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      Update on von Willebrand factor multimers: focus on high-molecular-weight multimers and their role in hemostasis


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          Normal hemostasis requires von Willebrand factor (VWF) to support platelet adhesion and aggregation at sites of vascular injury. VWF is a multimeric glycoprotein built from identical subunits that contain binding sites for both platelet glycoprotein receptors and collagen. The adhesive activity of VWF depends on the size of its multimers, which range from 500 to over 10 000 kDa. There is good evidence that the high-molecular-weight multimers (HMWM), which are 5000–10 000 kDa, are the most effective in supporting interaction with collagen and platelet receptors and in facilitating wound healing under conditions of shear stress. Thus, these HMWM of VWF are of particular clinical interest. The unusually large multimers of VWF are, under normal conditions, cleaved by the plasma metalloproteinase ADAMTS13 to smaller, less adhesive multimers. A reduction or lack of HMWM, owing to a multimerization defect of VWF or to an increased susceptibility of VWF for ADAMTS13, leads to a functionally impaired VWF and the particular type 2A of von Willebrand disease. This review considers the biology and function of VWF multimers with a particular focus on the characterization of HMWM – their production, storage, release, degradation, and role in normal physiology. Evidence from basic research and the study of clinical diseases and their management highlight a pivotal role for the HMWM of VWF in hemostasis.

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          Most cited references103

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          Biochemistry and genetics of von Willebrand factor.

          J Sadler (1998)
          Von Willebrand factor (VWF) is a blood glycoprotein that is required for normal hemostasis, and deficiency of VWF, or von Willebrand disease (VWD), is the most common inherited bleeding disorder. VWF mediates the adhesion of platelets to sites of vascular damage by binding to specific platelet membrane glycoproteins and to constituents of exposed connective tissue. These activities appear to be regulated by allosteric mechanisms and possibly by hydrodynamic shear forces. VWF also is a carrier protein for blood clotting factor VIII, and this interaction is required for normal factor VIII survival in the circulation. VWF is assembled from identical approximately 250 kDa subunits into disulfide-linked multimers that may be > 20,000 kDa. Mutations in VWD can disrupt this complex biosynthetic process at several steps to impair the assembly, intracellular targeting, or secretion of VWF multimers. Other VWD mutations impair the survival of VWF in plasma or the function of specific ligand binding sites. This growing body of information about VWF synthesis, structure, and function has allowed the reclassification of VWD based upon distinct pathophysiologic mechanisms that appear to correlate with clinical symptoms and the response to therapy.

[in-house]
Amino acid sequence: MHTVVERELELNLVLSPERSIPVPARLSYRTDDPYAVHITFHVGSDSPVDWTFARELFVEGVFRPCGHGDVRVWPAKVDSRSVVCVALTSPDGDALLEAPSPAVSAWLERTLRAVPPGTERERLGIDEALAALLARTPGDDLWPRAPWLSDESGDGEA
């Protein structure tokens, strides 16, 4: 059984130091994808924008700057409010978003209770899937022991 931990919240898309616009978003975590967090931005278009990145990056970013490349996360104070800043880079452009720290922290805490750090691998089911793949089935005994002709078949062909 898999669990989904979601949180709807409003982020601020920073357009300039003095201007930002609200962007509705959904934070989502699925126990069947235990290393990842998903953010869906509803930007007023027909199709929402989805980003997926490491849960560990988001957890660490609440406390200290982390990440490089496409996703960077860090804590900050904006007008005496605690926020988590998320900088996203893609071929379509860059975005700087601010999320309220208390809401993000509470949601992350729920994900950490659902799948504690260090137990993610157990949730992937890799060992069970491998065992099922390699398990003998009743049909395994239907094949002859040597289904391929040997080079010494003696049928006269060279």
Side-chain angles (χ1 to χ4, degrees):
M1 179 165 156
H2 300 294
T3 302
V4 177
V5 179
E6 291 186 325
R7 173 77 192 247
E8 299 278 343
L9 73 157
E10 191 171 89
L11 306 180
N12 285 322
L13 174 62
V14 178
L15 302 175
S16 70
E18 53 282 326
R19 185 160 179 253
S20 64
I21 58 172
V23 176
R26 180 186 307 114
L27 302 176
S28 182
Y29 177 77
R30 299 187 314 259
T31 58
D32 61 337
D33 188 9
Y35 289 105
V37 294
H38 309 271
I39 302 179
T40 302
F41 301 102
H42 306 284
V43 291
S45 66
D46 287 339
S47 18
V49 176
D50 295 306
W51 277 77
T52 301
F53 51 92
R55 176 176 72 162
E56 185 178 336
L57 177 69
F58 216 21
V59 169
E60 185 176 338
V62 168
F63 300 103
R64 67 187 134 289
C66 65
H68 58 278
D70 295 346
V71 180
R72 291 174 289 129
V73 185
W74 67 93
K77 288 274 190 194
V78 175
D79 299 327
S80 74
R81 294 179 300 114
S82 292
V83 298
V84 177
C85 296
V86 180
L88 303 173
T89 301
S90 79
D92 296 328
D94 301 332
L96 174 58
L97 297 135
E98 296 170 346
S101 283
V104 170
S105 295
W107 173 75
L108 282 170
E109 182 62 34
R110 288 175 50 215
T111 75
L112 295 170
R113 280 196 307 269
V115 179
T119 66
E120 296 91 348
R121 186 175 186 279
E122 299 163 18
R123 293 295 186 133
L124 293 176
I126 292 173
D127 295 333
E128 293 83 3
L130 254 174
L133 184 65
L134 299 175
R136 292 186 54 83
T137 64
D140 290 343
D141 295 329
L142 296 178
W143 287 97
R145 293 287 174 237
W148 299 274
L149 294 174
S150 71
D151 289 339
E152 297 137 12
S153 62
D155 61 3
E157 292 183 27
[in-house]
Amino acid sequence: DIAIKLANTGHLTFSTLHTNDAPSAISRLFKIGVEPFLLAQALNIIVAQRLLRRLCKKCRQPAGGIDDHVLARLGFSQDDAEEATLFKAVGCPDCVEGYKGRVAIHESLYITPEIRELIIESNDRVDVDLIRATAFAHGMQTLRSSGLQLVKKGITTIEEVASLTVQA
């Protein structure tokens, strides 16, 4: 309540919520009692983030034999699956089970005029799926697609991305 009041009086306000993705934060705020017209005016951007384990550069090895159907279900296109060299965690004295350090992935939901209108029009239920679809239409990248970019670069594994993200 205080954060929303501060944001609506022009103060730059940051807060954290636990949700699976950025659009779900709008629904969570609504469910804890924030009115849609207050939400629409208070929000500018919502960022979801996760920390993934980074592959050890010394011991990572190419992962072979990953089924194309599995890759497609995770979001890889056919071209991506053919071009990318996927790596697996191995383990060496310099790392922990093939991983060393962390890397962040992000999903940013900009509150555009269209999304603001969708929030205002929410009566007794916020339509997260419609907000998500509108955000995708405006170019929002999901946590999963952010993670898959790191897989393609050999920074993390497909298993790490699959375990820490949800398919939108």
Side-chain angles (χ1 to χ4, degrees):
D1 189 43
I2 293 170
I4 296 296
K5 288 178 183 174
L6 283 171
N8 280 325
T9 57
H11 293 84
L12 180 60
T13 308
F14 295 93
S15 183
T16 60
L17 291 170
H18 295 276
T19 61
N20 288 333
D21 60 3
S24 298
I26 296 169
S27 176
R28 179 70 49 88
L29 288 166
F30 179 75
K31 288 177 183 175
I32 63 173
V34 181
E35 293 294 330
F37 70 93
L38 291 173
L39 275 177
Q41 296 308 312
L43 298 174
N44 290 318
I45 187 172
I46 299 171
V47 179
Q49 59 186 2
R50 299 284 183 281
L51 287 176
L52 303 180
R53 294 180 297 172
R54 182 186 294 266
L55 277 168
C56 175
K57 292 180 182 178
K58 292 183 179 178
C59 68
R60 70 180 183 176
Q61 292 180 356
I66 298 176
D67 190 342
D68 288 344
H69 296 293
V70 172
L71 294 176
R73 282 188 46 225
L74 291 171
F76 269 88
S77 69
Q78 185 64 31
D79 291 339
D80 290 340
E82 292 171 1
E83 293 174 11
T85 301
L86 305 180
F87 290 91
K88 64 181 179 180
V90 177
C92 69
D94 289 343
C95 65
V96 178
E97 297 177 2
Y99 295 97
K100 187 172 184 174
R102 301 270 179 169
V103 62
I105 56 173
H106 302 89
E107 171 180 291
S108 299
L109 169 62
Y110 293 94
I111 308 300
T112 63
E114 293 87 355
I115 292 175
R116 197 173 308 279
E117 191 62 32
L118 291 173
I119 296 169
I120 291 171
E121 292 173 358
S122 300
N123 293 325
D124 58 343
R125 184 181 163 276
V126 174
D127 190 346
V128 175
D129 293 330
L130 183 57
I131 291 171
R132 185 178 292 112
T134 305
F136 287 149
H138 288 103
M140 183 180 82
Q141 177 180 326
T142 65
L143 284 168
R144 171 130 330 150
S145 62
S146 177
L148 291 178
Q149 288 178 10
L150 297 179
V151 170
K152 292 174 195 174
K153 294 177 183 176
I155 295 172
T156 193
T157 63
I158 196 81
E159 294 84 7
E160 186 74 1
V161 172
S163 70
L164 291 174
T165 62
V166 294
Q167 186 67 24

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            Update on the pathophysiology and classification of von Willebrand disease: a report of the Subcommittee on von Willebrand Factor.

            von Willebrand disease (VWD) is a bleeding disorder caused by inherited defects in the concentration, structure, or function of von Willebrand factor (VWF). VWD is classified into three primary categories. Type 1 includes partial quantitative deficiency, type 2 includes qualitative defects, and type 3 includes virtually complete deficiency of VWF. VWD type 2 is divided into four secondary categories. Type 2A includes variants with decreased platelet adhesion caused by selective deficiency of high-molecular-weight VWF multimers. Type 2B includes variants with increased affinity for platelet glycoprotein Ib. Type 2M includes variants with markedly defective platelet adhesion despite a relatively normal size distribution of VWF multimers. Type 2N includes variants with markedly decreased affinity for factor VIII. These six categories of VWD correlate with important clinical features and therapeutic requirements. Some VWF gene mutations, alone or in combination, have complex effects and give rise to mixed VWD phenotypes. Certain VWD types, especially type 1 and type 2A, encompass several pathophysiologic mechanisms that sometimes can be distinguished by appropriate laboratory studies. The clinical significance of this heterogeneity is under investigation, which may support further subdivision of VWD type 1 or type 2A in the future.